|Matthew Henry's Concise Commentary|
26:9 David, in this psalm, appeals to God touching his integrity. - David here, by the Spirit of prophecy, speaks of himself as a type of Christ, of whom what he here says of his spotless innocence was fully and eminently true, and of Christ only, and to Him we may apply it. We are complete in him. The man that walks in his integrity, yet trusting wholly in the grace of God, is in a state of acceptance, according to the covenant of which Jesus was the Mediator, in virtue of his spotless obedience even unto death. This man desires to have his inmost soul searched and proved by the Lord. He is aware of the deceitfulness of his own heart; he desires to detect and mortify every sin; and he longs to be satisfied of his being a true believer, and to practise the holy commands of God. Great care to avoid bad company, is both a good evidence of our integrity, and a good means to keep us in it. Hypocrites and dissemblers may be found attending on God's ordinances; but it is a good sign of sincerity, if we attend upon them, as the psalmist here tells us he did, in the exercise of repentance and conscientious obedience. He feels his ground firm under him; and, as he delights in blessing the Lord with his congregations on earth, he trusts that shortly he shall join the great assembly in heaven, in singing praises to God and to the Lamb for evermore.
Verse 11. - But as for me, I will walk in mine integrity; i.e. I will continue to walk as I have walked hitherto (see ver. 1) - I will be "integer vitae scelerisque purus" - a brave and good resolve. Had he but kept to it! Redeem me, and be merciful unto me (compare the comment on ver. 1). Though hitherto he has walked innocently, and is resolved still to continue to walk innocently; he nevertheless feels that he has need of redeeming mercy. Though he "knows nothing by himself, yet he is not thereby justified" (1 Corinthians 4:4). Many, doubtless, are his "secret sins," which God has "set in the light of his countenance" (Psalm 90:8).
Gill's Exposition of the Entire Bible
But as for me, I will walk in mine integrity,.... In which he had hitherto walked, Psalm 26:1; or it may express his faith, that after he was gathered by death he should walk in uprightness and righteousness, in purity and perfection, with Christ in white, and behold the face of God in righteousness; see Isaiah 57:1;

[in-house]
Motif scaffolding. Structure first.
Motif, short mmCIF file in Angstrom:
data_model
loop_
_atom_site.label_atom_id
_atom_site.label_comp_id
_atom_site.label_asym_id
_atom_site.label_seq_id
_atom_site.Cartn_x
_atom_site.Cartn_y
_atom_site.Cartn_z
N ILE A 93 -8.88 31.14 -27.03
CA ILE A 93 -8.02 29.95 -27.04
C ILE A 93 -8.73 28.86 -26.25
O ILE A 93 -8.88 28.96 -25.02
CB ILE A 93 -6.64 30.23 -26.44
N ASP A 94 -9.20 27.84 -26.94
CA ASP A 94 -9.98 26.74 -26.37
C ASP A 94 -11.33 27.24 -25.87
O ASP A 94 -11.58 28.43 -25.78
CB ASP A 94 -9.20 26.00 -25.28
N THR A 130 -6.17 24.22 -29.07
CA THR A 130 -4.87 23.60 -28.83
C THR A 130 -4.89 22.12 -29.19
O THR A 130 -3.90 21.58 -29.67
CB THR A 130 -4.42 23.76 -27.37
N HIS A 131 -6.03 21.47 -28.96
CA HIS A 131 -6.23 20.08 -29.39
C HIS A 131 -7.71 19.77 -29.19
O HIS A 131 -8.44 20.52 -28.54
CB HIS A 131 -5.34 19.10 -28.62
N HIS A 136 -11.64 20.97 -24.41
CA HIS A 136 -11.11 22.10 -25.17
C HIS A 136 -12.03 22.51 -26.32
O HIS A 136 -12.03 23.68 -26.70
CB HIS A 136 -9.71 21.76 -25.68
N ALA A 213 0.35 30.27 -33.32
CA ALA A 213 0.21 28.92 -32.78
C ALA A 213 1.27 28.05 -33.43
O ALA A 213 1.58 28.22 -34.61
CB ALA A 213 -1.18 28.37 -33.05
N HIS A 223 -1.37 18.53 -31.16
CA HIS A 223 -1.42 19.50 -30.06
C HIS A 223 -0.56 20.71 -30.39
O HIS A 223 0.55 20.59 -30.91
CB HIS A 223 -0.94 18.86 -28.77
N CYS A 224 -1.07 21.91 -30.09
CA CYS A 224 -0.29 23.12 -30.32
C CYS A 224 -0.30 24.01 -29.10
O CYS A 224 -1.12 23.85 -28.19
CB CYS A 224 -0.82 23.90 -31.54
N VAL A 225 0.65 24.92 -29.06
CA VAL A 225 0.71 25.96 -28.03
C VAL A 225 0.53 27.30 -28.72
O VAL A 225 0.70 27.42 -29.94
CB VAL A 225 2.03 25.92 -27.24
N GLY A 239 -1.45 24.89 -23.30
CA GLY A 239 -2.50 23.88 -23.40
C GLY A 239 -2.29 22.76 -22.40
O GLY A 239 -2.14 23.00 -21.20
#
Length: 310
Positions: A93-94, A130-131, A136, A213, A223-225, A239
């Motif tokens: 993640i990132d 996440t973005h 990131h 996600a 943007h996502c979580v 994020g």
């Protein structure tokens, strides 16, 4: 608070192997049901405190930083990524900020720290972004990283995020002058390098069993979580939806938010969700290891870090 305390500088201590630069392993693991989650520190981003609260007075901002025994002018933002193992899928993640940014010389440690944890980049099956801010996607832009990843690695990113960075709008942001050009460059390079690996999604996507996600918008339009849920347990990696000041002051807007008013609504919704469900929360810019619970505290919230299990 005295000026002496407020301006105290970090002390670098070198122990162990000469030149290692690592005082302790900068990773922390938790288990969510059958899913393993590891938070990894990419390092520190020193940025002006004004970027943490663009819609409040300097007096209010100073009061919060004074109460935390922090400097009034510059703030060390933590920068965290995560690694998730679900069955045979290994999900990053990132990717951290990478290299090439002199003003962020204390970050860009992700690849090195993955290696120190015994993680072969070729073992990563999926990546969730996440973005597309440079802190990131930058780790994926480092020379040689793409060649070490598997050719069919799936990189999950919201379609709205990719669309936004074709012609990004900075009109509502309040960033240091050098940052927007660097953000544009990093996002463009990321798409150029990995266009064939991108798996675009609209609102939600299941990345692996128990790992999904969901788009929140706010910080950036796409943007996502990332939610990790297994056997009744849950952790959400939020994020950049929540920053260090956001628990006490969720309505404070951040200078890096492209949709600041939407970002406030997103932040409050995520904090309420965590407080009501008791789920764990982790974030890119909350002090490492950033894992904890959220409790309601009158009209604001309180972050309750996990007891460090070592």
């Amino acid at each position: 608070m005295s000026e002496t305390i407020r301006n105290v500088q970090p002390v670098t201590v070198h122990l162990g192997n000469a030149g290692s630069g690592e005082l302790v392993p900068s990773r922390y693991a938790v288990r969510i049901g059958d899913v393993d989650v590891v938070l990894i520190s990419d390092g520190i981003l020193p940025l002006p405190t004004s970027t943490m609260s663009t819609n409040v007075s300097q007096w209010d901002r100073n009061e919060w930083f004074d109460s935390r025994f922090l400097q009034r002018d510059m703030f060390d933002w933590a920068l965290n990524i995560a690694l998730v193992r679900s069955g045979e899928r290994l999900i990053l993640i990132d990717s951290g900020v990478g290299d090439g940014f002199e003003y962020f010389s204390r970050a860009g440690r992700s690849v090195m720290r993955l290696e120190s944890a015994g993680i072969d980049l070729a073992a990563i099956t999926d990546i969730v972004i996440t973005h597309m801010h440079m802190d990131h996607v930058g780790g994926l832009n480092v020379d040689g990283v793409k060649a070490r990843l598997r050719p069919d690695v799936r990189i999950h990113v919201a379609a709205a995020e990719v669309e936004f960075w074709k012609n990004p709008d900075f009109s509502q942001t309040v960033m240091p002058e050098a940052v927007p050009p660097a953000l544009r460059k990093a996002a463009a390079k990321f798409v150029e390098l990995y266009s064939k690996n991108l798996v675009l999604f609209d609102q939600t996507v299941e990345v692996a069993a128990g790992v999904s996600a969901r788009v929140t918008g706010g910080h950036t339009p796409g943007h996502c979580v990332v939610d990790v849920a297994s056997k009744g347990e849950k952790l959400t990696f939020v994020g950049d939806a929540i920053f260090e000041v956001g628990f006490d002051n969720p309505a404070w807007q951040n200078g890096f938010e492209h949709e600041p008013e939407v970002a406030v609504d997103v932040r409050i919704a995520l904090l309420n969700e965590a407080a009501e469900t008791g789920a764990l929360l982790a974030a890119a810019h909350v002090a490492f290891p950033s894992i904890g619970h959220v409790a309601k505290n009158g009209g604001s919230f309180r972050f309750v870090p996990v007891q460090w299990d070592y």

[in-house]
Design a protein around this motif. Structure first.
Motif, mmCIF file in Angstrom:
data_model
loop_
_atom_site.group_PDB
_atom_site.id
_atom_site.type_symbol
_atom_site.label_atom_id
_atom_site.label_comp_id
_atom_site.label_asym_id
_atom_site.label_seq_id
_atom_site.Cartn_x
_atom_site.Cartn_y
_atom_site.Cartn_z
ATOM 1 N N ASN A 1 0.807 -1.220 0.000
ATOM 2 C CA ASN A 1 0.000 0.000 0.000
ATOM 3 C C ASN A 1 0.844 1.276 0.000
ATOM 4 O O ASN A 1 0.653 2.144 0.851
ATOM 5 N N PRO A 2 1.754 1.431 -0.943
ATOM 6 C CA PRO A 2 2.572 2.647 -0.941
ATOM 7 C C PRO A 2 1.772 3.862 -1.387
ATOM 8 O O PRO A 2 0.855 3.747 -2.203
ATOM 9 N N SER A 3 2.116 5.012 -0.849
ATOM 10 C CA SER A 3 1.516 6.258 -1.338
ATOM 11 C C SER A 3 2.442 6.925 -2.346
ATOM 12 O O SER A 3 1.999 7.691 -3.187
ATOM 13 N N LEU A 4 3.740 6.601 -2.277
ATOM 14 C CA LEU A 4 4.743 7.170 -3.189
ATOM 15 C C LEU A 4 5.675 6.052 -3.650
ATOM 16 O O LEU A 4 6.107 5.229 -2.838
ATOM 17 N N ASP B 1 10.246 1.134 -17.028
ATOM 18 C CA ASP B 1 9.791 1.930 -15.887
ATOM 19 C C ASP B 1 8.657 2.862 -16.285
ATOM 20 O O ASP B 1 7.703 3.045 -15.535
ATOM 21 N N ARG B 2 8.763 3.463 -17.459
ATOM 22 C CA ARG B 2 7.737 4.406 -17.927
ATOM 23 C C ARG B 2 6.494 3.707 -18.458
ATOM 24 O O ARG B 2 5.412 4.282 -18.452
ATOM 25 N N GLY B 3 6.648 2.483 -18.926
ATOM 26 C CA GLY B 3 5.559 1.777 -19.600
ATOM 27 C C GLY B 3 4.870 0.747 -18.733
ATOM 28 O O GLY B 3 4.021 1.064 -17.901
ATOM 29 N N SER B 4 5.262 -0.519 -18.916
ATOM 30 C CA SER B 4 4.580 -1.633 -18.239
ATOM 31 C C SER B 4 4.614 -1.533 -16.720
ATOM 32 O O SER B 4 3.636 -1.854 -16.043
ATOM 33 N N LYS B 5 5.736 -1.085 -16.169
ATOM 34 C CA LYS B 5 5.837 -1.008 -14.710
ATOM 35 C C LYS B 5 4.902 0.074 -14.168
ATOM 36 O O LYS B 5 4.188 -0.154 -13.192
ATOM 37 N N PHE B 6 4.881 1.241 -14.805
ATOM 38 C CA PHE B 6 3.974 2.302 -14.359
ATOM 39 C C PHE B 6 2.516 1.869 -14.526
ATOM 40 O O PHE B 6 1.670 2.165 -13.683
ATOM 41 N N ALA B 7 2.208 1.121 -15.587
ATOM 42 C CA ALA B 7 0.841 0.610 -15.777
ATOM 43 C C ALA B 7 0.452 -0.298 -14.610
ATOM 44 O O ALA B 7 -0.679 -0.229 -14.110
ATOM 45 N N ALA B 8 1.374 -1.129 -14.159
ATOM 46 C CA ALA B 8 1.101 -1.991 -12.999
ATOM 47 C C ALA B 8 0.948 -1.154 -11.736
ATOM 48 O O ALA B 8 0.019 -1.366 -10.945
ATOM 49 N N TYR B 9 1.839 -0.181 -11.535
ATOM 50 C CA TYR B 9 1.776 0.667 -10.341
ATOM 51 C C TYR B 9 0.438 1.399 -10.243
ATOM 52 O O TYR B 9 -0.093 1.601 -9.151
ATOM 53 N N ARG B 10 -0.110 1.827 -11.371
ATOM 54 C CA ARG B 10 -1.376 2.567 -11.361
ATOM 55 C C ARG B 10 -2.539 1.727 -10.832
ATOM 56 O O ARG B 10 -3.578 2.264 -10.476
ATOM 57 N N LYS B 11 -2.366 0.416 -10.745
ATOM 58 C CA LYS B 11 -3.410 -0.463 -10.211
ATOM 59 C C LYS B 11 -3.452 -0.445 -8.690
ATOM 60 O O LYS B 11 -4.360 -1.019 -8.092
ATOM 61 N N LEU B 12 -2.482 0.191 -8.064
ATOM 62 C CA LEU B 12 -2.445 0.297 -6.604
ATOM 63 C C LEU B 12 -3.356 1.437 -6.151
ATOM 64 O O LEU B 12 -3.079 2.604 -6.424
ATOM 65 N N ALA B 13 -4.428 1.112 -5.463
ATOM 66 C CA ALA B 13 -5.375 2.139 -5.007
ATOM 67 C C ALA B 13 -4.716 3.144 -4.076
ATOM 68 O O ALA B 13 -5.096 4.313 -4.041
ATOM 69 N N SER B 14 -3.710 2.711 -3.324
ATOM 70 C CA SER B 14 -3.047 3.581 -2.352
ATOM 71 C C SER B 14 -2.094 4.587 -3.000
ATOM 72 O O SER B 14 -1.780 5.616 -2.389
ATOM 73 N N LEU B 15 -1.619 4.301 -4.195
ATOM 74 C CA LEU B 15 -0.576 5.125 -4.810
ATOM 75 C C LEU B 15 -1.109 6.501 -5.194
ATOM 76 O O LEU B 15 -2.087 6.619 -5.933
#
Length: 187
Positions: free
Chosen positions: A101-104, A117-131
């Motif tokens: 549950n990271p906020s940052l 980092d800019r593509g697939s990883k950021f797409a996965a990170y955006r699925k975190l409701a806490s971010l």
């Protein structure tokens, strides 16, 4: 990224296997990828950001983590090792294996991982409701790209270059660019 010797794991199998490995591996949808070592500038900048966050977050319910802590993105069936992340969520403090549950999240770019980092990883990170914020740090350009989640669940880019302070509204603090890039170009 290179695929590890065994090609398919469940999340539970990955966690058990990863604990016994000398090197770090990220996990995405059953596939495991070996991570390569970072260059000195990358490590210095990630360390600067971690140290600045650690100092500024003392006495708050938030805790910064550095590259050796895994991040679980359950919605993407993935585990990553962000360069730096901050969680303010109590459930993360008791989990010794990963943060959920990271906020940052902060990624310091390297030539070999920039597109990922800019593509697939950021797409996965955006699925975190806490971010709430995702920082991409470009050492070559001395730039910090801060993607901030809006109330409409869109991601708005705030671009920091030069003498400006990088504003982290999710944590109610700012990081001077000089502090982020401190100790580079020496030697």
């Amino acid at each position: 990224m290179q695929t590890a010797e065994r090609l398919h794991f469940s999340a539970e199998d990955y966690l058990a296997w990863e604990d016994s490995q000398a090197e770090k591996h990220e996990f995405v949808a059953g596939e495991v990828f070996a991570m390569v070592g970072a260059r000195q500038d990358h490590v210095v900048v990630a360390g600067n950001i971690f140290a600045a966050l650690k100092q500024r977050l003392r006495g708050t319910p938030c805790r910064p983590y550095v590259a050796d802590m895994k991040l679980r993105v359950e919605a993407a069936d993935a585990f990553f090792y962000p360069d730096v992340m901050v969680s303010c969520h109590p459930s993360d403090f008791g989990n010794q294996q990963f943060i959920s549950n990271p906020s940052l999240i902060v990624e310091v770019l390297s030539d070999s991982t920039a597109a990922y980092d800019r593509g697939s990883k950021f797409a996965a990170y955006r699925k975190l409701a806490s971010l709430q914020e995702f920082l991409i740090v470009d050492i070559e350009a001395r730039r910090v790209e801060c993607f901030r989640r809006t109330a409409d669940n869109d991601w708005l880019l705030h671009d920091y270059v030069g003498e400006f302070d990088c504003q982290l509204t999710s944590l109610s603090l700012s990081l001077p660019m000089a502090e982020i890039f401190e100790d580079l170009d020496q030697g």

redeem me; from the vain conversation of the wicked, from all troubles, and out of the hands of all enemies;
and be merciful unto me; who was now in distress, being persecuted by Saul, and at a distance from the house of God: this shows that mercy is the source and spring of redemption, both temporal and spiritual; and that the psalmist did not trust in and depend upon his present upright walk and conversation, but in redemption by Christ, and upon the mercy of God in Christ.
The Treasury of David
11 But as for me, I will walk in mine integrity: redeem me, and be merciful unto me.
Here is the lover of godliness entering his personal protest against unrighteous gain. He is a Nonconformist, and is ready to stand alone in his Nonconformity. Like a live fish, he swims against the stream. Trusting in God the Psalmist resolves that the plain way of righteousness shall be his choice, and those who will, may prefer the tortuous paths of violence and deceit. Yet he is by no means a boaster, or a self-righteous vaunter of his own strength, for he cries for redemption and pleads for mercy. Our integrity is not absolute nor inherent it is a work of grace in us and is marred by human infirmity; we must, therefore, resort to the redeeming blood and the throne of mercy, confessing that though we are saints strong men, we must still bow as sinners before God.
Jamieson-Fausset-Brown Bible Commentary
11, 12. But, &c.—He contrasts his character and destiny with that of the wicked (compare Ps 26:1, 2).
Psalm 26:11 Parallel Commentaries
Psalm 26:11 NIV
Psalm 26:11 NLT
Psalm 26:11 ESV
Psalm 26:11 NASB
Psalm 26:11 KJV
Bible Hub: Online Parallel Bible